"Once Upon a Time, Children, There Was Elder Paisios."

      Over the past two years, conservative newspaper Dimokratia has sold
      350,000 copies of Paisios-related titles---from compilations of his
      prophecies to his views on education. Other newspapers carry accounts of
      his reputed miracles.

      Elder Paisios, born Arsenios Eznepedis in central Anatolia in 1924, is
      part of a long tradition of monastic spirituality that believers say
      confers a power of divination---to see things others cannot, to
      interpret signs and predict the course of events.

      Even before his death in 1994, he was well known in religious circles,
      drawing the faithful to Mount Athos for spiritual guidance and advice.
      Many expect that he will eventually be canonized. (A church spokesman
      declined to comment.)

      But the recent increase in attention has prompted a backlash from
      skeptics and drawn cautions from some in the Greek Orthodox Church

      "People are looking for somewhere to turn," said the Rev. Vasilios
      Havatzas, head of the church's charitable operations in Athens. "But
      some are overreacting. They are making him into some kind of prophet,"
      he said, adding: "That doesn't mean everything he said is right."

      But in a sign of the broad support for Elder Paisios, Greek police
      arrested 27-year-old Phillipos Loizos for creating a Facebook page that
      poked fun at Greeks' belief in the miracles and prognostications of the
      late monk. He was charged with blasphemy and insulting religion. The
      blasphemy charge was later withdrawn.

      Police received thousands of complaints about the page on the
      social-networking site for Elder Pastitsios, a play on the monk's name.
      Pastitsio is a traditional baked pasta dish similar to lasagna. An
      ultranationalist lawmaker condemned the page in Parliament.

      Mr. Loizos said he was using satire to criticize the commercialization
      of the monk and his message.

      Many of Elder Paisios's purported prophecies resonate. "The people will
      be so disappointed by the politicians of the two big parties, that they
      will get sick of them," is one that rings true in an era when voter
      support for the country's two mainstream parties, blamed for the crisis,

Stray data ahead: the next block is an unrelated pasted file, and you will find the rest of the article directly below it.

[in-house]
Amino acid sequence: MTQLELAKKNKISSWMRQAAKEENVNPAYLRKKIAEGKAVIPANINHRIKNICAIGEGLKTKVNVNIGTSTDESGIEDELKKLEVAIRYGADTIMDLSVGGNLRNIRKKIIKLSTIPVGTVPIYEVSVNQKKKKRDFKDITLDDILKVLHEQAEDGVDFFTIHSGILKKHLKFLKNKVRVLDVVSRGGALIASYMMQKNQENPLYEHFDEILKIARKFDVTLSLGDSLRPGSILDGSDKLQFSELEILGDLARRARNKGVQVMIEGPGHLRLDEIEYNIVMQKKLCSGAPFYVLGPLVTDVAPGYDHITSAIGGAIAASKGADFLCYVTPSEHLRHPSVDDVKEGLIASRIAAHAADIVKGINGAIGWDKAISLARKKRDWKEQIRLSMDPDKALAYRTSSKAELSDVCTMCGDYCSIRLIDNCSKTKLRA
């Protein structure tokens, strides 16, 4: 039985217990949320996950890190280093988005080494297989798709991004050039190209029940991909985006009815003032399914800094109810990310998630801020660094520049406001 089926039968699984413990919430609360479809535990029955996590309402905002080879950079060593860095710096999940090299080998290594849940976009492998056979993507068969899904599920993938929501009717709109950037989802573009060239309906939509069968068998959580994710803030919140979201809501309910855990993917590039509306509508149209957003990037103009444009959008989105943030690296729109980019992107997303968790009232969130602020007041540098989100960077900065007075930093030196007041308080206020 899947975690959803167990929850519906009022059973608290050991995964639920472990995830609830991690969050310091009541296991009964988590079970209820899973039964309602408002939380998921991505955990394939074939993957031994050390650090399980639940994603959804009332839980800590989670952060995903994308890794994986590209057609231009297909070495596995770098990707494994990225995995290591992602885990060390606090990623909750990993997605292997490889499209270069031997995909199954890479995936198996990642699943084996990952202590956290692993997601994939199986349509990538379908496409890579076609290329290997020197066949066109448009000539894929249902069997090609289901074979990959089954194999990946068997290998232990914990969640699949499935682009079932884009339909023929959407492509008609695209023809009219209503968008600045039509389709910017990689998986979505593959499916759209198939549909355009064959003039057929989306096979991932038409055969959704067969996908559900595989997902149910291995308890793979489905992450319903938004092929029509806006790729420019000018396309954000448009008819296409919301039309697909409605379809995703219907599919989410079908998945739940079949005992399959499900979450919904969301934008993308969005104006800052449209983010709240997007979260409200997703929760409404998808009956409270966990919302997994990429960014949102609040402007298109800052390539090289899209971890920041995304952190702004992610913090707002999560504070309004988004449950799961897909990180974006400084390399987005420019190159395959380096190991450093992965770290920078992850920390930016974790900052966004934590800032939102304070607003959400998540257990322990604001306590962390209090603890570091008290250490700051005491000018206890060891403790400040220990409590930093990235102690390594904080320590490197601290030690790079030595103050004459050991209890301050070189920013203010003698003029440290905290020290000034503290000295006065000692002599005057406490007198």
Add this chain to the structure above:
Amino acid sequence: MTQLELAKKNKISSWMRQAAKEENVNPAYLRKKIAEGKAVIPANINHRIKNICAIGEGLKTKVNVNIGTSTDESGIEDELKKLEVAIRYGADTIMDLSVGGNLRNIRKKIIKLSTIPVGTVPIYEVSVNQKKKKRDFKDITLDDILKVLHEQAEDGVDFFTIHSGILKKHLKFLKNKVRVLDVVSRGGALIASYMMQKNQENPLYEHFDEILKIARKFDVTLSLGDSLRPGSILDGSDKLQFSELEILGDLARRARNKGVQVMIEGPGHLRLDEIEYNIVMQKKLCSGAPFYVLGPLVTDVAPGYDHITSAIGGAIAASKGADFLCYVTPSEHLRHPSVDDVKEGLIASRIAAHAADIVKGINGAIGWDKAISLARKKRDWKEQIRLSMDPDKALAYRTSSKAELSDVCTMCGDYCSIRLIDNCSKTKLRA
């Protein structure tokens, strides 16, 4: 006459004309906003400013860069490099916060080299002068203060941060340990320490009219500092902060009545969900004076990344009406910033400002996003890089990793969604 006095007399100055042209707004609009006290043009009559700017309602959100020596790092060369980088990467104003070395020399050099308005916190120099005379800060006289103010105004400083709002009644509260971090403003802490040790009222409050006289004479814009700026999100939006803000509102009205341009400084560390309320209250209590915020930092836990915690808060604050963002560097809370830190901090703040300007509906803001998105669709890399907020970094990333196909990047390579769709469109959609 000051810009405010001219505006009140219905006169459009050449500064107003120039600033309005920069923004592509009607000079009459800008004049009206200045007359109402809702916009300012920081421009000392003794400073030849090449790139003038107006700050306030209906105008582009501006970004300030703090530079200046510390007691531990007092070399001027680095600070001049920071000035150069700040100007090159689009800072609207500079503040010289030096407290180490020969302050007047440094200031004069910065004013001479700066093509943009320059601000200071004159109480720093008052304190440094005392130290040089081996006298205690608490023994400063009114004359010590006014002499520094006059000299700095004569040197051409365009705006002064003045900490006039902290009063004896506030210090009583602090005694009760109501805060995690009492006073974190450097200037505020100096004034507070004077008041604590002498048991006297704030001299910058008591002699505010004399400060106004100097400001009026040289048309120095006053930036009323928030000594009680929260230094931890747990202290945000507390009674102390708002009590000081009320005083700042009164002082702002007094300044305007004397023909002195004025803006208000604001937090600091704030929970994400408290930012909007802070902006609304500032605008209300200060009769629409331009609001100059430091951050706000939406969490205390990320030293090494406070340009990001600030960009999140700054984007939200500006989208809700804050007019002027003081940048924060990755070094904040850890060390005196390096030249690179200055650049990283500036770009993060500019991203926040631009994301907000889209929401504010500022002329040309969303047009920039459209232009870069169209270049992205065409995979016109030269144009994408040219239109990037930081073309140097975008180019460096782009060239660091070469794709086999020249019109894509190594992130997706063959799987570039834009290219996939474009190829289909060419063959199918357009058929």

has dropped sharply.

      Some of the elder's reported remarks hint at dark conspiracies---among
      them that the world is ruled secretly by a cabal of five people. He also
      predicted national triumphs for Greece, saying that Greeks would defeat
      Turkey, rule Constantinople and take part of Albania.

      "Holy people like Elder Paisios are born once in a thousand years," said
      Nikolaos Zournatzoglou, who has compiled three books of the elder's
      pronouncements. "He was a gift from God and the Virgin Mary for humanity."

      In Souroti, about 20 miles from the northeastern Greek city of
      Thessaloniki, busloads of pilgrims arrived one Saturday recently to see
      the elder's grave. Young and old, they prayed and took pictures. Some
      plucked a leaf of basil from a plant growing near the simple cross at
      his head.

      Afterward in a gift shop in the basement of the rough-hewn stone church,
      visitors bought postcards, plaques with images of Elder Paisios and
      books by and about him, along with icons, crosses and other religious

      "There's a lot of uncertainty now. We don't know what is going to
      happen," said Anastasia Constantinou, a waitress visiting the shrine who
      said her family has had to cut back on meat, on driving their car and on
      other normal activities as their income has fallen amid the downturn.

      "People find consolation in faith," Ms. Constantinou, 32, said. "Even
      though everyday life is difficult, Paisios gives strength to people. He
      helps them hold on."

      *Write to * Gordon Fairclough at gordon.fairclough@...